American expertise in training bank security
The bank robbers were men who were often seen around town in uniform – police uniforms. They were, in fact, police.
Three Afghan National Police officers fled a bank in Afghanistan’s Nuristan province after breaking in after hours and stealing more than 29 million afghanis (about $550,000) late Friday night, according to Gen. Ghulamullah Nuristani, the provincial police chief.
You might call it an inside job. The officers were assigned to guard the bank, a local branch of Afghanistan’s central bank, Nuristani said.
Two of the officers were cornered in a nearby home and arrested, Nuristani told The Los Angeles Times. He said the home belongs to Abdul Rahman Kahan, who had been in charge of security guards for the province’s previous government.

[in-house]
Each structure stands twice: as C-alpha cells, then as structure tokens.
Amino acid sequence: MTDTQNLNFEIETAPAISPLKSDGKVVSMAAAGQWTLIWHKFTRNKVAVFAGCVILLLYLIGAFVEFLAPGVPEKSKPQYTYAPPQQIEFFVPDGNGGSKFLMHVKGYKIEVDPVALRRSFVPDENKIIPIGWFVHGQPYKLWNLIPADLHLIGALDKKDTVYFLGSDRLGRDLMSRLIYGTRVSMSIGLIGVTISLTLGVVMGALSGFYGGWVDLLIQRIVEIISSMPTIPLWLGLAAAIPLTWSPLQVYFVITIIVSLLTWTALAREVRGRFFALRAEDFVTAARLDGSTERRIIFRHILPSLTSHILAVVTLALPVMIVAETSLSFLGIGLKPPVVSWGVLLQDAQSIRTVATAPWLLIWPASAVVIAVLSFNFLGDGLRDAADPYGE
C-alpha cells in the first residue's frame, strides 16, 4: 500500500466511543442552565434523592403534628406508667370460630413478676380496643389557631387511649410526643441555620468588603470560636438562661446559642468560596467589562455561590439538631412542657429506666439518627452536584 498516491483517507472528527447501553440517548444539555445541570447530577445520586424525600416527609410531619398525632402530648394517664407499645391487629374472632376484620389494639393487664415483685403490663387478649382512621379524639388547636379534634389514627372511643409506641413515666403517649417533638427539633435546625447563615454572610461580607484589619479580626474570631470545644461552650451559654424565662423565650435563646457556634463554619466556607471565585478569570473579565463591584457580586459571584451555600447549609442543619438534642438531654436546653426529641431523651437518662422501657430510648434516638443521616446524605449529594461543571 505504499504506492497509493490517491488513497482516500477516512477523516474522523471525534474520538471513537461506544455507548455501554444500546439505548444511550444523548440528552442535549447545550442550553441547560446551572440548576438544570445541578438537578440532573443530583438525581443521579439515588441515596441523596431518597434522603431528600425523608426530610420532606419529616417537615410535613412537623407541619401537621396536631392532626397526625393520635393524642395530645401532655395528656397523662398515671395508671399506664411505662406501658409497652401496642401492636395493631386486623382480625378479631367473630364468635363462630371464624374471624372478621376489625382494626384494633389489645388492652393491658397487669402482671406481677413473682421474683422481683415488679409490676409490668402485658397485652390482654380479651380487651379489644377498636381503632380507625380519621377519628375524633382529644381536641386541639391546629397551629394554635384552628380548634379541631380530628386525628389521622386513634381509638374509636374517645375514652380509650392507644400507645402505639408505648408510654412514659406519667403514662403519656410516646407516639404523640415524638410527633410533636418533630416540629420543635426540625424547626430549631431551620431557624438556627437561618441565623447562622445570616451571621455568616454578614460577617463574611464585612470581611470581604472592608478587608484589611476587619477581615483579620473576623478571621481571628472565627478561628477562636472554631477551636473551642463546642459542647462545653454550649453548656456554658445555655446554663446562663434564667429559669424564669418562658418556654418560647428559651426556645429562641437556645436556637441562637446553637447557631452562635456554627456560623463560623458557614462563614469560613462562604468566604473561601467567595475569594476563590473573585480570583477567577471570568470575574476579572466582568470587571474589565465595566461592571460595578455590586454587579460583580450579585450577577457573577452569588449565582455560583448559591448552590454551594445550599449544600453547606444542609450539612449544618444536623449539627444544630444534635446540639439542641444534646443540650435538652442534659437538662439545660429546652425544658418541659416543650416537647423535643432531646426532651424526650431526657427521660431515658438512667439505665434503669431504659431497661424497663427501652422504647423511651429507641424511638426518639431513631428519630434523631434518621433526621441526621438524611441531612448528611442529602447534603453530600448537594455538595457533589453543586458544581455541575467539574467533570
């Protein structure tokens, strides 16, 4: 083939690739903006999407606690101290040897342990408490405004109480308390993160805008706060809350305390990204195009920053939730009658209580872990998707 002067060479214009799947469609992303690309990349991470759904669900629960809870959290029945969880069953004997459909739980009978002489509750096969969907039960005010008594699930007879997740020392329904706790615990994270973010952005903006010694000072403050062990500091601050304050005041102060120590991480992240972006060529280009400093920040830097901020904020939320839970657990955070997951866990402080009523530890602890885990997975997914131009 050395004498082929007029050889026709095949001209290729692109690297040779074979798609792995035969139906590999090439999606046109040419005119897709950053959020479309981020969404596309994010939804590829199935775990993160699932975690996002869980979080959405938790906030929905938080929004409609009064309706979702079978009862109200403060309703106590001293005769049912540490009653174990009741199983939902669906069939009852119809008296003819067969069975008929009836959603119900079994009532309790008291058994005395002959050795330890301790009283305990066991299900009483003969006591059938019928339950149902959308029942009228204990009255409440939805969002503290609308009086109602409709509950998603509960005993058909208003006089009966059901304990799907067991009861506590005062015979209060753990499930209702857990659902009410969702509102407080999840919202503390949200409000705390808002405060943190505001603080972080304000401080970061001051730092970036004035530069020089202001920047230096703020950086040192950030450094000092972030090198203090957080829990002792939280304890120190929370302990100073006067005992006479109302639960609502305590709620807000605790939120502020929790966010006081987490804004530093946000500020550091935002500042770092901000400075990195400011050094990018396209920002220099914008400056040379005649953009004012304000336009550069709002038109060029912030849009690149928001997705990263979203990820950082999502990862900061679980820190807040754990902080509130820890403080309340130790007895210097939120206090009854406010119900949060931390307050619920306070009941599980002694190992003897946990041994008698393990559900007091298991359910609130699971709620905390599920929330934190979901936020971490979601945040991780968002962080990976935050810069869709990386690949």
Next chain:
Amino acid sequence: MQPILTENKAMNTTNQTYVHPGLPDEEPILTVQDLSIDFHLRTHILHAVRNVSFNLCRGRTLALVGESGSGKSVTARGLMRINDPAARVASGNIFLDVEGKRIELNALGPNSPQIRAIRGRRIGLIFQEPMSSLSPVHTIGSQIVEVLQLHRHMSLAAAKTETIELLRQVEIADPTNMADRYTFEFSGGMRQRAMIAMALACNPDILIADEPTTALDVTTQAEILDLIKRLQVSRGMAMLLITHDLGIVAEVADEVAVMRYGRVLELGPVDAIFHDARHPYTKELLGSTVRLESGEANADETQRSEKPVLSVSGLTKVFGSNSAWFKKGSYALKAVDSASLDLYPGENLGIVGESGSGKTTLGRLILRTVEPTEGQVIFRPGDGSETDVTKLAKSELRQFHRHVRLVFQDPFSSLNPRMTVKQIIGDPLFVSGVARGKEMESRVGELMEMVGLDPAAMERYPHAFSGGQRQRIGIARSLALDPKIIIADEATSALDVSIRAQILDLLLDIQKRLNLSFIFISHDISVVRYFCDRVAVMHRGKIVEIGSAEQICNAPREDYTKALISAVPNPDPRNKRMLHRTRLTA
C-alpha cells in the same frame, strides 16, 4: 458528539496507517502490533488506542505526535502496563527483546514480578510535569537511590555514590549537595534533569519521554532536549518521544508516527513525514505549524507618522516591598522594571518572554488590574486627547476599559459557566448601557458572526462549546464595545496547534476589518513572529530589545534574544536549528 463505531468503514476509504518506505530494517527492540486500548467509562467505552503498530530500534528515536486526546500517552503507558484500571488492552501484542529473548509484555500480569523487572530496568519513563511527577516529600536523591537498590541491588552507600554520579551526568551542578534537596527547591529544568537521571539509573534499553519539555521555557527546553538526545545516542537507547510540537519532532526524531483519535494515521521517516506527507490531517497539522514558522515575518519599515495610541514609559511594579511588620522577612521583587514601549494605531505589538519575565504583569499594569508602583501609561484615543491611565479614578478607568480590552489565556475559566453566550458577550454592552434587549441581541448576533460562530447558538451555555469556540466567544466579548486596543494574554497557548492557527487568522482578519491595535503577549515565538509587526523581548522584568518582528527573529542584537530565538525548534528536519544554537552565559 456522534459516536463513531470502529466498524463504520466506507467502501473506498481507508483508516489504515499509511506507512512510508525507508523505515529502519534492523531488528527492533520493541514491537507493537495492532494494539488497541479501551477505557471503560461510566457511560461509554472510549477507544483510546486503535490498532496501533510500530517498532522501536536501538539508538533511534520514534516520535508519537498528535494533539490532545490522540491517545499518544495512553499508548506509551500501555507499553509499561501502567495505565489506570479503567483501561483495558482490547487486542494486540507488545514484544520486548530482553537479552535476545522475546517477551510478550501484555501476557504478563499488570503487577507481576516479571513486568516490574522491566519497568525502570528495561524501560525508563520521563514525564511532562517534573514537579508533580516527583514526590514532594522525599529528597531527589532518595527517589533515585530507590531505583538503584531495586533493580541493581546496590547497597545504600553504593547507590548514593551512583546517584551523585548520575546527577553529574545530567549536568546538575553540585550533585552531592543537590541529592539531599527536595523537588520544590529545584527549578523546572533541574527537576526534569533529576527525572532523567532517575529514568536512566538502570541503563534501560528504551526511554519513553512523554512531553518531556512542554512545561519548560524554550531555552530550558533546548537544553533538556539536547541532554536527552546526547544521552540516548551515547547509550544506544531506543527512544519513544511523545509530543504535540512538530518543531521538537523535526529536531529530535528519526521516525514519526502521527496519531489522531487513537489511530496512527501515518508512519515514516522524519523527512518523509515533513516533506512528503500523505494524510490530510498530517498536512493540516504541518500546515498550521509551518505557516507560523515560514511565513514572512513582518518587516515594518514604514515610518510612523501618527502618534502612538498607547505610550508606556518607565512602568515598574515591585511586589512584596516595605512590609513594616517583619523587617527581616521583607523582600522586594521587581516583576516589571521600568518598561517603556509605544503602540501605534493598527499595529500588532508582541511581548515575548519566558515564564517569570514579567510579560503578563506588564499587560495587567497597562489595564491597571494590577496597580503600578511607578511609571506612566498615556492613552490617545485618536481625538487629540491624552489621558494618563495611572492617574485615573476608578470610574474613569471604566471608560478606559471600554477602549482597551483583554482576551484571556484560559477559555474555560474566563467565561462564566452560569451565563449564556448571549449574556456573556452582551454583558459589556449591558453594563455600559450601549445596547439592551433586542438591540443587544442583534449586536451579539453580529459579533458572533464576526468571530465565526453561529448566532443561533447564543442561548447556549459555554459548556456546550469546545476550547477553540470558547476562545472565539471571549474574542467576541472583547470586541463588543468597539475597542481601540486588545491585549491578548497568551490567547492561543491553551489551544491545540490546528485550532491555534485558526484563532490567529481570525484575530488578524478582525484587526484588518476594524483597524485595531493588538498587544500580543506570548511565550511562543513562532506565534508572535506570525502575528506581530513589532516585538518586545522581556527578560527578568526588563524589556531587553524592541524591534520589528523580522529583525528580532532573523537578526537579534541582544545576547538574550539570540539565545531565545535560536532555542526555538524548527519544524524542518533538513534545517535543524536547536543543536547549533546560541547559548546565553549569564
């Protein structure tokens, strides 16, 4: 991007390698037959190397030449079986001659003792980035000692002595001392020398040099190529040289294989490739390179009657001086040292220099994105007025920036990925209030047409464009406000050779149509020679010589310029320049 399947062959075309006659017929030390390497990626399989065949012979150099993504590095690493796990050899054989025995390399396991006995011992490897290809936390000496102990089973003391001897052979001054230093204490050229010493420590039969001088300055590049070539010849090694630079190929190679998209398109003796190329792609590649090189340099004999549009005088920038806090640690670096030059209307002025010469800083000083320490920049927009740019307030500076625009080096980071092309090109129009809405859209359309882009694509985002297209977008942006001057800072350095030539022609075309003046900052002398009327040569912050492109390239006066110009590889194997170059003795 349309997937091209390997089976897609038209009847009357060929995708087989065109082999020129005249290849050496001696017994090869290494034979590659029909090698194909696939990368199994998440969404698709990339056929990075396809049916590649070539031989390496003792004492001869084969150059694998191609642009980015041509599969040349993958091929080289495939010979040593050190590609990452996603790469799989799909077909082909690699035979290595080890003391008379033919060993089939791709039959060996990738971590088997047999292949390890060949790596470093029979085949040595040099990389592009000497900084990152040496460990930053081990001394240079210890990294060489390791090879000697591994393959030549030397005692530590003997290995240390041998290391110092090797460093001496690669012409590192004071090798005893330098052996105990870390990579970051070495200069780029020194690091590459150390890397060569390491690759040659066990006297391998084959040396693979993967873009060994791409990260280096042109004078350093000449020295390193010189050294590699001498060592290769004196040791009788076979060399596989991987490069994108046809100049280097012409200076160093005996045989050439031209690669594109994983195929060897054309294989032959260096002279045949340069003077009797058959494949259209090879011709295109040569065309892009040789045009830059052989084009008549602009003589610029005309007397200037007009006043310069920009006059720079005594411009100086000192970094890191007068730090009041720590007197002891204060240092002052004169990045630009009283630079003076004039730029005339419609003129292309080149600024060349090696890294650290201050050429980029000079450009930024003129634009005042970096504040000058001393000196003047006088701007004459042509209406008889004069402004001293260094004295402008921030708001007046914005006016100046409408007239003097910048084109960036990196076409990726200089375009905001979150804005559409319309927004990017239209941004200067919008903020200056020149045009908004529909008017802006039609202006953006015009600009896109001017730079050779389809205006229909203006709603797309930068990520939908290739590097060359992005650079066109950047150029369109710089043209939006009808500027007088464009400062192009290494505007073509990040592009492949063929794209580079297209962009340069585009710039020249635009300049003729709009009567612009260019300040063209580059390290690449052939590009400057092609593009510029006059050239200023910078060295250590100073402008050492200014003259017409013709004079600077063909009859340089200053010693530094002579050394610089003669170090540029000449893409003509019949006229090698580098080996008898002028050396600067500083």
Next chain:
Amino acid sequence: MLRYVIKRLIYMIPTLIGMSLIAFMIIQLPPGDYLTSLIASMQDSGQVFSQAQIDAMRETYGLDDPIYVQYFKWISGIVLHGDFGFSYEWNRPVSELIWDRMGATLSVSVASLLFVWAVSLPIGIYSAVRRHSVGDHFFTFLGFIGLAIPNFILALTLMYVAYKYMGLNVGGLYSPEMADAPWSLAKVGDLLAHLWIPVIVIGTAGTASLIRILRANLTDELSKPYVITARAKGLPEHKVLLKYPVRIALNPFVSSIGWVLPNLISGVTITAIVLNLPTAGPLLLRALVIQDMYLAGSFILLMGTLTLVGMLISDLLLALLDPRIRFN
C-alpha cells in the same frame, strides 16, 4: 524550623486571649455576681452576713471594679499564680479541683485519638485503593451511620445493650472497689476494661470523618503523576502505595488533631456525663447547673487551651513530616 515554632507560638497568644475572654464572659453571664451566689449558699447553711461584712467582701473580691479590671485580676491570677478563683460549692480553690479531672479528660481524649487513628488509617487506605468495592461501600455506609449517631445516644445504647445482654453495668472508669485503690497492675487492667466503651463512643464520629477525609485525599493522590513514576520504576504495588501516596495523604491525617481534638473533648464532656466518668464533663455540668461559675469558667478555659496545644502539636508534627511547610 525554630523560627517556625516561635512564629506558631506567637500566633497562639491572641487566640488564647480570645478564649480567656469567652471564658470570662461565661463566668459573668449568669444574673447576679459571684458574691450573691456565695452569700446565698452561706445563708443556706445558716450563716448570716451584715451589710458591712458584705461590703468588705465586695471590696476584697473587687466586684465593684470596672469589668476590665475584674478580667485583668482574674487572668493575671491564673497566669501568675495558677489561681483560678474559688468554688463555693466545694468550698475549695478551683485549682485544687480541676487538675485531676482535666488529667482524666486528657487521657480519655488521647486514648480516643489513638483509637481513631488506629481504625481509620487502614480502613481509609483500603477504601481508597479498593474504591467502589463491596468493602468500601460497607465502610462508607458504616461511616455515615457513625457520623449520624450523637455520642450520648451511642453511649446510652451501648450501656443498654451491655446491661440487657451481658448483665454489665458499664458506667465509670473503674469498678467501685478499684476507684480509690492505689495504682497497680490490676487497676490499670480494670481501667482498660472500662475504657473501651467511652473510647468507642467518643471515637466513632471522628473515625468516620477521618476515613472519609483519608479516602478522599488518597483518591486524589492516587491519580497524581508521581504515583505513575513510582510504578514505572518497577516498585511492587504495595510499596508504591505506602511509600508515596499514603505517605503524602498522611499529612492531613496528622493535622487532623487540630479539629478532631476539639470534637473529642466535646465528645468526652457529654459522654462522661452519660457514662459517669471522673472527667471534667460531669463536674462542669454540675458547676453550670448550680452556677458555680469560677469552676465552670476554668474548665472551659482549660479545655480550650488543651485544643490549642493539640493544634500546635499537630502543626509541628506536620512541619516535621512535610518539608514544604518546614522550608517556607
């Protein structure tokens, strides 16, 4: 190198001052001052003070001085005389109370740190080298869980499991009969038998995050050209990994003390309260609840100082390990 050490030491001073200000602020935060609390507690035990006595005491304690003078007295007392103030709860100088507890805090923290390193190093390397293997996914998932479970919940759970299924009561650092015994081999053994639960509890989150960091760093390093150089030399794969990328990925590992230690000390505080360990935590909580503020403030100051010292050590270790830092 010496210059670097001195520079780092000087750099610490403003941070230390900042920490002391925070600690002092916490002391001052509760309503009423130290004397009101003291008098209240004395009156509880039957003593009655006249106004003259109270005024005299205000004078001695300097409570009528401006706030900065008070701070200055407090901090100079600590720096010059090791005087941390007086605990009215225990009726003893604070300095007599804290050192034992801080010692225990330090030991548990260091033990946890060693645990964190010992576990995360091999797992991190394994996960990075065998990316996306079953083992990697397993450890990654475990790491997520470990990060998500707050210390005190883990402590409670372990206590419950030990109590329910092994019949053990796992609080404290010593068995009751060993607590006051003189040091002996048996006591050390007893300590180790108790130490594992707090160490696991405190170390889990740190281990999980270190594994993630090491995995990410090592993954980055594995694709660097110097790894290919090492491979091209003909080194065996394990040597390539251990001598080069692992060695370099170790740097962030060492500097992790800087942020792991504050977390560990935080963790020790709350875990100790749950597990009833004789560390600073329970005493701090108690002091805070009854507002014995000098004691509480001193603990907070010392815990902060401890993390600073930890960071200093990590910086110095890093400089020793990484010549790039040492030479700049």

Police recovered most of the money and were pursuing the third bandit and the rest of the cash, Nuristani said.
Nuristani said he suspected that powerful local figures loyal to the previous provincial government may have had a hand in organizing the robbery.
“Possibly there are some power-brokers behind this,” Nuristani said by telephone from the isolated, mountainous province in northeastern Afghanistan. “The police have launched an investigation to find out who else is behind this.”
It’s doubtful they’ll provide a larger number of police to guard local banks, though. That would diminish the size of each copper’s share in future robberies.